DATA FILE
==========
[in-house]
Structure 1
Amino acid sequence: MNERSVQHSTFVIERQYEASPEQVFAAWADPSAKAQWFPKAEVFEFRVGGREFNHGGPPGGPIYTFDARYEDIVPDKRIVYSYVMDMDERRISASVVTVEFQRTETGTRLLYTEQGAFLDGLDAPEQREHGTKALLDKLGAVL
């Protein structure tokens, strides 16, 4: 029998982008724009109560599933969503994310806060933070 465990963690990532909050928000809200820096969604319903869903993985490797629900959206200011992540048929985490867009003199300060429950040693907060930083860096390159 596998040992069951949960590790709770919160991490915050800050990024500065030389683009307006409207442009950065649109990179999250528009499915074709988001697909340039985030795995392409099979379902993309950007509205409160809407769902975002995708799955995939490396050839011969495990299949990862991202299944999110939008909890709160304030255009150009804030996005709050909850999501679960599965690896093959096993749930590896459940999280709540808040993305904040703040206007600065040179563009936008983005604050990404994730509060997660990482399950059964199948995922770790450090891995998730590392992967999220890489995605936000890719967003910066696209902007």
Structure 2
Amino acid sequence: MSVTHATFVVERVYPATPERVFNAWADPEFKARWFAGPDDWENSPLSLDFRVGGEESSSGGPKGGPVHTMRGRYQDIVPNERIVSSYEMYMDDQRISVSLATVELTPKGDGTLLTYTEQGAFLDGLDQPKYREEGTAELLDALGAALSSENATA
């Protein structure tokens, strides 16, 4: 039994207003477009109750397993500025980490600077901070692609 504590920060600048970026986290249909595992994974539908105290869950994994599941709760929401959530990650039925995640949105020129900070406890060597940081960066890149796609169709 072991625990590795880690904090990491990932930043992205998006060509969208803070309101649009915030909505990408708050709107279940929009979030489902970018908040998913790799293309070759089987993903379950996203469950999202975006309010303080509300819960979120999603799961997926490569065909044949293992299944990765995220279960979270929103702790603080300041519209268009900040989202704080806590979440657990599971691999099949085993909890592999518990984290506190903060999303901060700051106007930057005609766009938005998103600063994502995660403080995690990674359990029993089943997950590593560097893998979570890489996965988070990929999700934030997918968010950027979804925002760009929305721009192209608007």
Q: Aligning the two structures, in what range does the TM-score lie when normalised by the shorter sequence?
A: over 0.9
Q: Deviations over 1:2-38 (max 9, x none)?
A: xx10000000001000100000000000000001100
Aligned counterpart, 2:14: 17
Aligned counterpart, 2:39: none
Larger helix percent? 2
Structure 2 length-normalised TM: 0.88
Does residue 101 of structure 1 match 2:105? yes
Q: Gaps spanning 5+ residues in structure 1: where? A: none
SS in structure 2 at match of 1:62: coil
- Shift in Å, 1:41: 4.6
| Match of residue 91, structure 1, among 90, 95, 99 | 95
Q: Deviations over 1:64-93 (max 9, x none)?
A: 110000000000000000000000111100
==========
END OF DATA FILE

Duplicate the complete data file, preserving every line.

[in-house]
Structure 1
Amino acid sequence: MNERSVQHSTFVIERQYEASPEQVFAAWADPSAKAQWFPKAEVFEFRVGGREFNHGGPPGGPIYTFDARYEDIVPDKRIVYSYVMDMDERRISASVVTVEFQRTETGTRLLYTEQGAFLDGLDAPEQREHGTKALLDKLGAVL
């Protein structure tokens, strides 16, 4: 029998982008724009109560599933969503994310806060933070 465990963690990532909050928000809200820096969604319903869903993985490797629900959206200011992540048929985490867009003199300060429950040693907060930083860096390159 596998040992069951949960590790709770919160991490915050800050990024500065030389683009307006409207442009950065649109990179999250528009499915074709988001697909340039985030795995392409099979379902993309950007509205409160809407769902975002995708799955995939490396050839011969495990299949990862991202299944999110939008909890709160304030255009150009804030996005709050909850999501679960599965690896093959096993749930590896459940999280709540808040993305904040703040206007600065040179563009936008983005604050990404994730509060997660990482399950059964199948995922770790450090891995998730590392992967999220890489995605936000890719967003910066696209902007």
Structure 2
Amino acid sequence: MSVTHATFVVERVYPATPERVFNAWADPEFKARWFAGPDDWENSPLSLDFRVGGEESSSGGPKGGPVHTMRGRYQDIVPNERIVSSYEMYMDDQRISVSLATVELTPKGDGTLLTYTEQGAFLDGLDQPKYREEGTAELLDALGAALSSENATA
């Protein structure tokens, strides 16, 4: 039994207003477009109750397993500025980490600077901070692609 504590920060600048970026986290249909595992994974539908105290869950994994599941709760929401959530990650039925995640949105020129900070406890060597940081960066890149796609169709 072991625990590795880690904090990491990932930043992205998006060509969208803070309101649009915030909505990408708050709107279940929009979030489902970018908040998913790799293309070759089987993903379950996203469950999202975006309010303080509300819960979120999603799961997926490569065909044949293992299944990765995220279960979270929103702790603080300041519209268009900040989202704080806590979440657990599971691999099949085993909890592999518990984290506190903060999303901060700051106007930057005609766009938005998103600063994502995660403080995690990674359990029993089943997950590593560097893998979570890489996965988070990929999700934030997918968010950027979804925002760009929305721009192209608007």
Q: Aligning the two structures, in what range does the TM-score lie when normalised by the shorter sequence?
A: over 0.9
Q: Deviations over 1:2-38 (max 9, x none)?
A: xx10000000001000100000000000000001100
Aligned counterpart, 2:14: 17
Aligned counterpart, 2:39: none
Larger helix percent? 2
Structure 2 length-normalised TM: 0.88
Does residue 101 of structure 1 match 2:105? yes
Q: Gaps spanning 5+ residues in structure 1: where? A: none
SS in structure 2 at match of 1:62: coil
- Shift in Å, 1:41: 4.6
| Match of residue 91, structure 1, among 90, 95, 99 | 95
Q: Deviations over 1:64-93 (max 9, x none)?
A: 110000000000000000000000111100